Although the US economy grew a robust 3.3% in the second quarter, businesses are struggling to cope with the high cost of raw materials and energy, fragile consumer confidence and weaker export markets.

The Federal Reserve, which meets to decide on interest rates next week, has warned that the US is facing the twin threats of weak growth and rising inflation.

The bleak employment picture means the Fed is unlikely to raise rates in the foreseeable future while further cuts seem equally unlikely against a background of rising inflation.

“The jobs number is weak again but we think this probably is not the time to panic,” said Steve Goldman, strategist at Weeden & Co.


Have you recently been made unemployed in the US? Are you affected by the issues in this story? What are your experiences? Send us your comments

August 28, 2008

US GDP rebounds with 3.3% growth

US GDP rebounds with 3.3% growth

A US shopper

Tax rebates have encouraged consumers to spend more

The US economy grew at a revised 3.3% annually in the second quarter of 2008, the Commerce Department said, much higher than its first estimate of 1.9%.

The rebound was linked to strong US exports, helped by the weak dollar, while government tax rebates also boosted consumer spending.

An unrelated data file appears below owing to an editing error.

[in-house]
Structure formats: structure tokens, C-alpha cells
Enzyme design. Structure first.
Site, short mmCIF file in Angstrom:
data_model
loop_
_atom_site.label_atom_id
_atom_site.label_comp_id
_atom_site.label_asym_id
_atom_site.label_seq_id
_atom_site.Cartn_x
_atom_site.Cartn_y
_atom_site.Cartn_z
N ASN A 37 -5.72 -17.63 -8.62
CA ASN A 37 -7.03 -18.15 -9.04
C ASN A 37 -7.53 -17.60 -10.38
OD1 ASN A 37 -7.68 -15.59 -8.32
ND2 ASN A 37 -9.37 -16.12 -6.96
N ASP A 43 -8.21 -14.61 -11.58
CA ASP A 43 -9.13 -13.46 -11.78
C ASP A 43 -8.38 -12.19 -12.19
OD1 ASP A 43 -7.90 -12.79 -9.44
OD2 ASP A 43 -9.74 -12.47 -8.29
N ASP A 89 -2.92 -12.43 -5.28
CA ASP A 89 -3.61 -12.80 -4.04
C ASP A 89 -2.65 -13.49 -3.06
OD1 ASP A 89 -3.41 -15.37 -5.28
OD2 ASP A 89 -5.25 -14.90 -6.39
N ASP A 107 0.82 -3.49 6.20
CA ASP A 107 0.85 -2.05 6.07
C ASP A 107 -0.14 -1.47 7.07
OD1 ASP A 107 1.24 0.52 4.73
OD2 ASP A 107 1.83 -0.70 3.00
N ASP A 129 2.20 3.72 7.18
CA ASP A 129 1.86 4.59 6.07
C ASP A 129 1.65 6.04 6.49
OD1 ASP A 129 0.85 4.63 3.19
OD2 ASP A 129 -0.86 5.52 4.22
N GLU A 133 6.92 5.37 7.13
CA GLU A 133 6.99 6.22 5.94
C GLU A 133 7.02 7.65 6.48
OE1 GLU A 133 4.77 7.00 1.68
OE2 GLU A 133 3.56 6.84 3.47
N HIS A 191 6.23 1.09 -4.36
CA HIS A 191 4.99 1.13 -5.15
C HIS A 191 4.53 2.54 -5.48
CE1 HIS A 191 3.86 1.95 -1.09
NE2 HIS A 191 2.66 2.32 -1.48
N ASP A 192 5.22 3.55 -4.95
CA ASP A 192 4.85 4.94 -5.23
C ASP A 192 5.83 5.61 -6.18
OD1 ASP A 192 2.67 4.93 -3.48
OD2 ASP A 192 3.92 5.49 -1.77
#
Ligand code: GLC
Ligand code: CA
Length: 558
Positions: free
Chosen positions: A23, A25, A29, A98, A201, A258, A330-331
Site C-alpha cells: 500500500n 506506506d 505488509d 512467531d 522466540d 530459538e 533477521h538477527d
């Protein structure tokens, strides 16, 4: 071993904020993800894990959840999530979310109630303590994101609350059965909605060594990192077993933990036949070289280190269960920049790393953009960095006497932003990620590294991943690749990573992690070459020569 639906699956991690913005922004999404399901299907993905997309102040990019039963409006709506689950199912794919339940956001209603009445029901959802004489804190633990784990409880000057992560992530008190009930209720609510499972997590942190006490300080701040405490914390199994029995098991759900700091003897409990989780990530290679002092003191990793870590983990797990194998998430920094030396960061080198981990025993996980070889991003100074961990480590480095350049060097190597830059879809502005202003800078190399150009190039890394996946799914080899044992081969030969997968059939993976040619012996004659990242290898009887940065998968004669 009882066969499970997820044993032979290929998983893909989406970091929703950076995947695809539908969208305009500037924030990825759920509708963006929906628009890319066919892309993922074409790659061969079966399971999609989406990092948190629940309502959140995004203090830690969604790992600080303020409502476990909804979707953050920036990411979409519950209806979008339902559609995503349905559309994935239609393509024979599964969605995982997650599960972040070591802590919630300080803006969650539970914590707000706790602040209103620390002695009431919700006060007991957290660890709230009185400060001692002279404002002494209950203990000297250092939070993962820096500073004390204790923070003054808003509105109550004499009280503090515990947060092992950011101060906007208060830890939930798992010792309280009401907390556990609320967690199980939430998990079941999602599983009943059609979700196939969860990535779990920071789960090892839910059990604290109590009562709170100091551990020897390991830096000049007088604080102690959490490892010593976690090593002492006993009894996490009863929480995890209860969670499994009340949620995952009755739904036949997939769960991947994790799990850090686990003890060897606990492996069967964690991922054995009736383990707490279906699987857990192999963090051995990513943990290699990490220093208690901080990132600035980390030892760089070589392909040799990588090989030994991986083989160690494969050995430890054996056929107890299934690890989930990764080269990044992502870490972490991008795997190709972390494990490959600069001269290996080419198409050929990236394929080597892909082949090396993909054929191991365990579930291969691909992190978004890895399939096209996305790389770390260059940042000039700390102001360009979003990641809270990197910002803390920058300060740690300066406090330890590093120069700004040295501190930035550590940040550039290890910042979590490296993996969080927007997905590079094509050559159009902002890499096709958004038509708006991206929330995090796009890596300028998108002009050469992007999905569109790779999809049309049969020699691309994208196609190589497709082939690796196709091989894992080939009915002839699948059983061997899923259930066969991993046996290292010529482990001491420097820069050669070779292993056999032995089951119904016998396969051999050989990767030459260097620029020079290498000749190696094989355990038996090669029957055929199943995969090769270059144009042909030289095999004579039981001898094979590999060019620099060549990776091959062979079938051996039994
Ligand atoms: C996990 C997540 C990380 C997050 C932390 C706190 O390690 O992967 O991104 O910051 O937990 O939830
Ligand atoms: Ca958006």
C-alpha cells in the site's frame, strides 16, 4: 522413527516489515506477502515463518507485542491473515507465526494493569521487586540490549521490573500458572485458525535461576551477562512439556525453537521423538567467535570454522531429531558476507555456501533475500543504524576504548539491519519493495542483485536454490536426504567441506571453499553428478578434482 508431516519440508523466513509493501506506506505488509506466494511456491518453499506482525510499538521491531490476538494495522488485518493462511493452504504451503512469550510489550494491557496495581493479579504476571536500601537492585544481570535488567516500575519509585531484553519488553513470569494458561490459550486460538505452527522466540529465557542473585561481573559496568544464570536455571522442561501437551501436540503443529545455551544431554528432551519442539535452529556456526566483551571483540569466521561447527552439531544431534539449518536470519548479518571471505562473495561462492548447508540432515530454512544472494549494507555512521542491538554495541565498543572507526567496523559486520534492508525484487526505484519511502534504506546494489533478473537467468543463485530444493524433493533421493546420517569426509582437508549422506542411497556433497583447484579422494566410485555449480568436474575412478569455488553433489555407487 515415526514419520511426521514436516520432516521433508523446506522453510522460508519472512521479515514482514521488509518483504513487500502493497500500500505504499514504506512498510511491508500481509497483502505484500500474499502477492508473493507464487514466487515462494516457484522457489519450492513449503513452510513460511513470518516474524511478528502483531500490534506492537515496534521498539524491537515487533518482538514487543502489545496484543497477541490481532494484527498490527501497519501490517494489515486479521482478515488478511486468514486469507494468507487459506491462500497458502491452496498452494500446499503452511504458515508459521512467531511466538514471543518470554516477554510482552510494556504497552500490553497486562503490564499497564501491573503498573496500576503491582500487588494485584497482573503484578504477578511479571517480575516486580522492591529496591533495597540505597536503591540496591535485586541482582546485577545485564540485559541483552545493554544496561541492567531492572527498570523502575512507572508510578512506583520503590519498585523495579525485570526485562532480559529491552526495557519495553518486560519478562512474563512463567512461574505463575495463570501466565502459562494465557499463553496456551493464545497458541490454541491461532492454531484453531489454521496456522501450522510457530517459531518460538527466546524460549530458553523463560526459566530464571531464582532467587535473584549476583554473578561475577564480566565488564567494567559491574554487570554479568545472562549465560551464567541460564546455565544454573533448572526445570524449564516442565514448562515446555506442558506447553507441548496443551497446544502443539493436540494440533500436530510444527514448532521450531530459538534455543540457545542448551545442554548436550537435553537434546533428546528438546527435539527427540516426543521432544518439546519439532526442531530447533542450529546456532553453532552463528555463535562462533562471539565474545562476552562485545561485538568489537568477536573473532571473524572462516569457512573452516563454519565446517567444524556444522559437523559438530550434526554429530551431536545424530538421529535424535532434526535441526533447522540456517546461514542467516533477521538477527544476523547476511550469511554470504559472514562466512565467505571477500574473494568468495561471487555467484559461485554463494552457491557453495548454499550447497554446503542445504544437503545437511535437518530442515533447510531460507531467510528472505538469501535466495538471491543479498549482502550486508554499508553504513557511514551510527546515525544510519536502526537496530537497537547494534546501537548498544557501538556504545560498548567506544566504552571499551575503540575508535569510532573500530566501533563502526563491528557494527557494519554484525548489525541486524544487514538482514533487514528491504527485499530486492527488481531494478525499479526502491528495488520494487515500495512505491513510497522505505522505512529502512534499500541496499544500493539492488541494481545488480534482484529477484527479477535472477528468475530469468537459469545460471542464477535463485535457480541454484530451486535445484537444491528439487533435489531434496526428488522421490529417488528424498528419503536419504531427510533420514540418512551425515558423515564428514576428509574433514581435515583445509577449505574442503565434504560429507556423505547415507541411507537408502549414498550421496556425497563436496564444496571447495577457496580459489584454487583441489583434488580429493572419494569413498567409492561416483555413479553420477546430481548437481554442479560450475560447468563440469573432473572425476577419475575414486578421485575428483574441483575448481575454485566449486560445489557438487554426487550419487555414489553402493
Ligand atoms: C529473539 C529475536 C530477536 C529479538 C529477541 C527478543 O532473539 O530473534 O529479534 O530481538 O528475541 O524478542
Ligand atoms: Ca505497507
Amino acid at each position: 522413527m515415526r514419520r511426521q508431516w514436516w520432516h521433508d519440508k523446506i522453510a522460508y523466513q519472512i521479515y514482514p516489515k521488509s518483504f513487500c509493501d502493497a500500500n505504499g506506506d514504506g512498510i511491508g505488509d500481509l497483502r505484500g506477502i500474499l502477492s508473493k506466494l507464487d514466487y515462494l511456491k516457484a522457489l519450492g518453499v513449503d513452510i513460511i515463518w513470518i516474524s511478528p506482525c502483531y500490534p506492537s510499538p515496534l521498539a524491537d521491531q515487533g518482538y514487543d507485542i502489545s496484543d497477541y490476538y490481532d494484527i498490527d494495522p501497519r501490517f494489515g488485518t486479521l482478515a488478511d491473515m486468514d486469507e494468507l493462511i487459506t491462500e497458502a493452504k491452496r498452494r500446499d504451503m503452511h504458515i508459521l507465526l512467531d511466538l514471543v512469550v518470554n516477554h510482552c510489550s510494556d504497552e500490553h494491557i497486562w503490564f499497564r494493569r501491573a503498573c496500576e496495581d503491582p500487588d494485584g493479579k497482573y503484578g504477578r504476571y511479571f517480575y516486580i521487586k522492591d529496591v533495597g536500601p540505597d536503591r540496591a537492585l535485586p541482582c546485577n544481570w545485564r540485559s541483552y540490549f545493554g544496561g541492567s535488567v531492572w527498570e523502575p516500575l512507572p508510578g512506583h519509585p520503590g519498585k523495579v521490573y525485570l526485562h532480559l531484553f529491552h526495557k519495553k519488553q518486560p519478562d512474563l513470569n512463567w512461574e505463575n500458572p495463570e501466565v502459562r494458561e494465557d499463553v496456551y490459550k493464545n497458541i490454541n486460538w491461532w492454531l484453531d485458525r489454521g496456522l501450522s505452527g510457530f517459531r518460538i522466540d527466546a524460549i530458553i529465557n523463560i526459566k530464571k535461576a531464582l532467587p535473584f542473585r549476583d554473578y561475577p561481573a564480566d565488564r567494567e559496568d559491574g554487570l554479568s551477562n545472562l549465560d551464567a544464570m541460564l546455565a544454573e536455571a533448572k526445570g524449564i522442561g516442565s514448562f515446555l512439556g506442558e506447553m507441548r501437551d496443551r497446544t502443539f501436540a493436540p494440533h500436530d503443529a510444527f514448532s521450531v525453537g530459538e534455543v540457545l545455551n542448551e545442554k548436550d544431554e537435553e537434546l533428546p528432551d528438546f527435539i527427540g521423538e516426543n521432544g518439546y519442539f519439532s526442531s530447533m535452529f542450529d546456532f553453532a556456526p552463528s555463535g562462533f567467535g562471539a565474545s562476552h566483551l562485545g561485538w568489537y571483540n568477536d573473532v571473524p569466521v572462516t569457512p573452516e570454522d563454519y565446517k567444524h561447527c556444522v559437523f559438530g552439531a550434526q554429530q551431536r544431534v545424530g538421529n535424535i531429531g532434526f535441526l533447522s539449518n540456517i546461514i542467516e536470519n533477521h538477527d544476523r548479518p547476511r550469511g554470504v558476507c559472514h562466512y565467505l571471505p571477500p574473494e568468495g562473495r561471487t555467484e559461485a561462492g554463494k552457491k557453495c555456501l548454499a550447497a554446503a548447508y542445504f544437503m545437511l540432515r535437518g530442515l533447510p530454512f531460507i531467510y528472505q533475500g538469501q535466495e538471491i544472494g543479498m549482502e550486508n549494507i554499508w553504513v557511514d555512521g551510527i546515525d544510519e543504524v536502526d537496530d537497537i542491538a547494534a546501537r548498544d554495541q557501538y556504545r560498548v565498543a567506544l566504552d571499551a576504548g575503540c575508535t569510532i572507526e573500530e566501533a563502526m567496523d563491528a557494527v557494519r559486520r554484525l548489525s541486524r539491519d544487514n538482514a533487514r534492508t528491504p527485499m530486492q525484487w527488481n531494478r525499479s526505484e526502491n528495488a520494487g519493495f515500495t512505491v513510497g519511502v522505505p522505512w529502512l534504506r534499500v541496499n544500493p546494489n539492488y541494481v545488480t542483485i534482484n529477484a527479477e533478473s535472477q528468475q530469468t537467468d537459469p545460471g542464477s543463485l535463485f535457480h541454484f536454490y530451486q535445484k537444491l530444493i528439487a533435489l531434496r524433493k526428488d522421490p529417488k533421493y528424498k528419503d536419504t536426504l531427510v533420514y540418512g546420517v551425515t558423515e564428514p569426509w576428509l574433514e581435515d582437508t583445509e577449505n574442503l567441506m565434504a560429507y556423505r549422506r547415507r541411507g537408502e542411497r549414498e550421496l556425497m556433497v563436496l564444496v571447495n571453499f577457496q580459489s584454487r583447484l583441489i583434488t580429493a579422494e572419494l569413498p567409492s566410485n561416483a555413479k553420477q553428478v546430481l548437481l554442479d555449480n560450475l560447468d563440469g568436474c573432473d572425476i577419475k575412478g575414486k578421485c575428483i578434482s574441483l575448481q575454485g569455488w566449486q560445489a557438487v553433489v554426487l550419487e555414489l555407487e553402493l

GDP grew at a rate of 0.9% in the first quarter, after a 0.2% contraction in the last three months of 2007.

The Federal Reserve has warned the economy will remain weak this year.

“While we’re not out of the woods yet, maybe we’re beginning to see some sunlight,” said John Wilson, equity strategist at Morgan Keegan.

“At some point, the market will begin to look through the trough and gauge the strength of the coming upturn.”

‘No recession’

The data showed that exports grew at an annualized rate of 13.2%, higher than the government’s initial estimate of 9.2%.

Imports fell at a rate of 7.6% as the US economic slowdown reduced demands for goods made overseas.

The improved trade balance added 3.1 percentage points to second-quarter GDP, the biggest since 1980.

The slowdown in the housing market was evident, as builders cut back and businesses reduced their spending.

Consumer spending, boosted by the government’s $600 tax rebate payments, rose by 1.7%, slightly higher than the previous quarter’s 1.5%.

Some observers said that the figures lent support to the argument that the US was not heading for a recession.

“For a recession the economy is certainly growing very quickly,” said Avery Shenfeld, senior economist at CIBC World Markets.

“A lot of that growth is driven off exports and pessimists might say that can’t continue during slowing growth overseas.

“But I would say this happened precisely during the period of slowing growth overseas … this is still an economy that faces slow times but not a recession.”

16-year low

However recent data on the US housing market suggests a grim outlook for the sector.

US house prices were down a record 15.4% in the April to June quarter compared with a year ago, according to a closely-watched report released earlier this week.

The decline was recorded by the latest S&P/Case-Shiller survey of US national home prices.

The report said the fact that the falls were nationwide was the latest sign the US housing downturn is continuing.